During the financial crisis of the late 1990s, the World Bank supported the Government of Korea’s reform programs in financial sector restructuring, corporate sector and labor market reforms and social safety nets through a series of adjustment loans, worth a total of $7 billion.

Currently, the World Bank Group has a series of partnerships and joint projects with Korean partners designed to enhance financial sector management, promote investment in green infrastructure and renewable energy, share know-how in information communications technology and knowledge sharing, as well as assist fragile and conflict-affected states.

For example, the Korea-World Bank Partnership Facility, launched in 2012, provides $90 million over three years to finance global and regional projects to support economic development and co-financing investments at the country level. The emphasis is on generating and transferring development best practices, with low and lower middle income countries eligible for funding under the new facility.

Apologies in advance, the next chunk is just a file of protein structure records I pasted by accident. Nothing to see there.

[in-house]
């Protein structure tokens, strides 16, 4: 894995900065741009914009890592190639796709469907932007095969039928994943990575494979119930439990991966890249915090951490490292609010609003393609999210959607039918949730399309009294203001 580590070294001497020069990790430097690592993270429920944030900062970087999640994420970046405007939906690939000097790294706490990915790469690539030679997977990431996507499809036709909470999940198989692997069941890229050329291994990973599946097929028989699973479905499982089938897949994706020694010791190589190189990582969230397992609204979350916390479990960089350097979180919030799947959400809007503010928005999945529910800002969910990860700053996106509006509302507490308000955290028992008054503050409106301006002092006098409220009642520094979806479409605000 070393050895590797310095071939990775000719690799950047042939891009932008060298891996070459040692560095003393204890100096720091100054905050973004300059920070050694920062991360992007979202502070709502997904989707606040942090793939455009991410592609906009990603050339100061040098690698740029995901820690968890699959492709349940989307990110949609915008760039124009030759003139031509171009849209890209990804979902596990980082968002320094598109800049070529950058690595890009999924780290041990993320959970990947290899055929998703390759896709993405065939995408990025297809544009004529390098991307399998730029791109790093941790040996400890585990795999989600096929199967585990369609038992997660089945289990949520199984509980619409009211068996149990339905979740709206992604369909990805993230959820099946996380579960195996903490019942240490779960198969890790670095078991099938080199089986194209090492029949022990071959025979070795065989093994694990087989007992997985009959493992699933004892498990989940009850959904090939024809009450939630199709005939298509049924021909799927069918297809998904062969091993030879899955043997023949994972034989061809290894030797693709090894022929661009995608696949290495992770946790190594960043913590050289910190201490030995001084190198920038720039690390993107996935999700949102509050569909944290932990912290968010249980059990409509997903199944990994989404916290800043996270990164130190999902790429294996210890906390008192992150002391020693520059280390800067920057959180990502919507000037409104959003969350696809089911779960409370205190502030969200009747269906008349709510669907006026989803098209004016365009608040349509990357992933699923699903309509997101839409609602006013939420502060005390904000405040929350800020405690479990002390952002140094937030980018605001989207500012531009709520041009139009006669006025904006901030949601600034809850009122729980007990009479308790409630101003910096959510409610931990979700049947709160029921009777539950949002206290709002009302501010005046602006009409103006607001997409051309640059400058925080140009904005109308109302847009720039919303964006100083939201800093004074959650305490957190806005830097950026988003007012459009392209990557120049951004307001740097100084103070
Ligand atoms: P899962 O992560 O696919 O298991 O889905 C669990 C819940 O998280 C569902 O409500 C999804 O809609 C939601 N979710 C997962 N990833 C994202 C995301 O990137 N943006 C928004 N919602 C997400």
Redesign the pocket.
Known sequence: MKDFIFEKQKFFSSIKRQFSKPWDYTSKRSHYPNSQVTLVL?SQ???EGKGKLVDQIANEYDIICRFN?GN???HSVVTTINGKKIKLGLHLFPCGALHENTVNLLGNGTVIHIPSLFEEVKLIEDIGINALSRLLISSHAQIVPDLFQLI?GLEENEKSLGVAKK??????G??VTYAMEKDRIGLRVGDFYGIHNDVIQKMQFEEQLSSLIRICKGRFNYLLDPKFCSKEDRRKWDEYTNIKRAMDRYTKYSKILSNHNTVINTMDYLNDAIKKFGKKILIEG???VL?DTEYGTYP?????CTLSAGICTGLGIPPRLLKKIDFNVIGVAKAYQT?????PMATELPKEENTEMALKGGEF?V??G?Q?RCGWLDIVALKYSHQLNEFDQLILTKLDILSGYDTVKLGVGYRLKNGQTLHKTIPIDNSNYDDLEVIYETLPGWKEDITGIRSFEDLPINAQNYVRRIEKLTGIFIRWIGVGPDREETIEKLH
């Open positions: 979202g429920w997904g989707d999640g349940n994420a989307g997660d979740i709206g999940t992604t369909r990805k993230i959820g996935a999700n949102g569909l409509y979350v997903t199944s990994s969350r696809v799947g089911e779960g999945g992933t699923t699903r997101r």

The World Bank Group will open a new main office and a liaison office in Korea in December, 2013. The new offices will support a broad range of development partnership opportunities with a focus on promoting best practices, by leveraging the Bank Group’s knowledge and convening power and Korea’s expertise in areas such as economic development policy, information communications technology, infrastructure and the financial sector.

In addition to the World Bank’s IBRD and IDA, the new World Bank Group office will also represent the International Finance Corporation (IFC) and the Multilateral Investment Guarantee Agency (MIGA).